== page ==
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If Not all Stones Are Alive…: Radical Relationality in Animism Studies

Harvey, Graham (2017). If Not all Stones Are Alive…: Radical Relationality in Animism Studies. Journal for the Study of Religion, Nature and Culture, 11(4) pp. 481–497.

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DOI (Digital Object Identifier) Link: https://doi.org/10.1558/jsrnc.31066
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Abstract

Irving Hallowell’s conversation with an Anishinaabe (Ojibwa) elder in the early twentieth century has gained increasing attention in recent decades. It has been cited by many involved in the multi-disciplinary ‘turns’ to ontology, materiality and relationality. In particular, it has inspired many researchers involved in the ‘new (approach to) animism’. This article considers efforts to rethink what ‘person’ or ‘relation’ might mean in the light of Indigenous ontologies and of the ferment of reflection and analysis offered by many colleagues. It proposes that we have not yet sufficiently understood what the elder intended by telling Hallowell that only some stones are animate. A more radically relational understanding of personhood has implications for the ways in which we approach and engage with/in nature, culture, science, and religion.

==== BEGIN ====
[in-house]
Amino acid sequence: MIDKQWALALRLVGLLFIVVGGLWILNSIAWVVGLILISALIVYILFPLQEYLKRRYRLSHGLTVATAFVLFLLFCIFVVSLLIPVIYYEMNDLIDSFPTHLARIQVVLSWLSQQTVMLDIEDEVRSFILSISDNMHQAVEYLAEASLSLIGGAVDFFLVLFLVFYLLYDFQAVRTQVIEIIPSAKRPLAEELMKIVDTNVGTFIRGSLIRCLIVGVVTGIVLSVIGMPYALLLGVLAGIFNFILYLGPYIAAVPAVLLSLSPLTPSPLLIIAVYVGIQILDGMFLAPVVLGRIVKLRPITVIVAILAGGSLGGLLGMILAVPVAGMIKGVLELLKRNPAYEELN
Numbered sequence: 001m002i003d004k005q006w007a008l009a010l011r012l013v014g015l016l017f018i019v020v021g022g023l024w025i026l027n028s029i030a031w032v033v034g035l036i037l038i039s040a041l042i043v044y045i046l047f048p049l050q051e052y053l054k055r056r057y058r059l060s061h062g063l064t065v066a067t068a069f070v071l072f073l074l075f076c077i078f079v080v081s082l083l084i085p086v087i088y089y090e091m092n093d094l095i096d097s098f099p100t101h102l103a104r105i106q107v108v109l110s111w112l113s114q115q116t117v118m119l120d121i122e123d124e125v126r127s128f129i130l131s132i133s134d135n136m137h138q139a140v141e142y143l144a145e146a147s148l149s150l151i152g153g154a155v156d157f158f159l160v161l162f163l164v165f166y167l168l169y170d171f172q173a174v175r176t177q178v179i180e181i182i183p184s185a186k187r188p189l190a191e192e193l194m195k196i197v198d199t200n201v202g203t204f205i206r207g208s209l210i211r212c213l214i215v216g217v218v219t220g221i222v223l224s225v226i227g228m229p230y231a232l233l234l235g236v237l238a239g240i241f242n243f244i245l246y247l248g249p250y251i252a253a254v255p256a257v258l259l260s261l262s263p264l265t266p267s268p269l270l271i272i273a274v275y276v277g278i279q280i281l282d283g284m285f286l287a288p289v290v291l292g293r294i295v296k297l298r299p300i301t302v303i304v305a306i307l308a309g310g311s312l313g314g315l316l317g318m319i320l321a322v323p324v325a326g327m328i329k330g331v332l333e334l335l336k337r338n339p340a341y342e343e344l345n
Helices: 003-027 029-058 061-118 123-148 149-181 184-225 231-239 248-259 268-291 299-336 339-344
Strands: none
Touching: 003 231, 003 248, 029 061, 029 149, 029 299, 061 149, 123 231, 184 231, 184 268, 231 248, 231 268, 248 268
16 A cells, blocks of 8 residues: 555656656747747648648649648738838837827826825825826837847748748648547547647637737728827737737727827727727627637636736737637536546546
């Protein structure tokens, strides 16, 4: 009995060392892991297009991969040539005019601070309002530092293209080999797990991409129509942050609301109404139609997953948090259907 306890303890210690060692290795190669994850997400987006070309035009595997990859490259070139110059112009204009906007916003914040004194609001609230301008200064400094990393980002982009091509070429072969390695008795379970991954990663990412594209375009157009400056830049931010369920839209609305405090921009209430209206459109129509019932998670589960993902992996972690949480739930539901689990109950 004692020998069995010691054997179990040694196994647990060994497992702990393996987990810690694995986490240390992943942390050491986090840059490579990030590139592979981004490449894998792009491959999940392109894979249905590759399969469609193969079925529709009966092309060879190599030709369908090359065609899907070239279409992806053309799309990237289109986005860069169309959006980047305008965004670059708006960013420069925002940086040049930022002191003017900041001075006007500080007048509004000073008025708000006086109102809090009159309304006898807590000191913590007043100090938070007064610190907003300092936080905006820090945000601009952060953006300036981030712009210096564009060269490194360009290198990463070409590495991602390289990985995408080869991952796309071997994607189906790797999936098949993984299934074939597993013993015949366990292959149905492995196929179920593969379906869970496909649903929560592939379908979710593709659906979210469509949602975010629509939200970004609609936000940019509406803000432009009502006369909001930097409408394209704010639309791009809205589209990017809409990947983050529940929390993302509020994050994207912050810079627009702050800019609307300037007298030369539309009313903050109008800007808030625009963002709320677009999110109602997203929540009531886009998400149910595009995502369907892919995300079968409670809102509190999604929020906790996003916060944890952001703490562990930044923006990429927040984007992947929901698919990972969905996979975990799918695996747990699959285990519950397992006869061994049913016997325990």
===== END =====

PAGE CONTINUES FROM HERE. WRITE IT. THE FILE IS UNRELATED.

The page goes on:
Item Type: Journal Item
Copyright Holders: 2017 Equinox Publishing Ltd.
ISSN: 1749-4915
Academic Unit/School: Faculty of Arts and Social Sciences (FASS) > Social Sciences and Global Studies > Religious Studies
Faculty of Arts and Social Sciences (FASS) > Social Sciences and Global Studies
Faculty of Arts and Social Sciences (FASS)
Item ID: 59680
Depositing User: Graham Harvey
Date Deposited: 15 Mar 2019 10:18
Last Modified: 25 May 2020 13:33
URI: http://oro.open.ac.uk/id/eprint/59680
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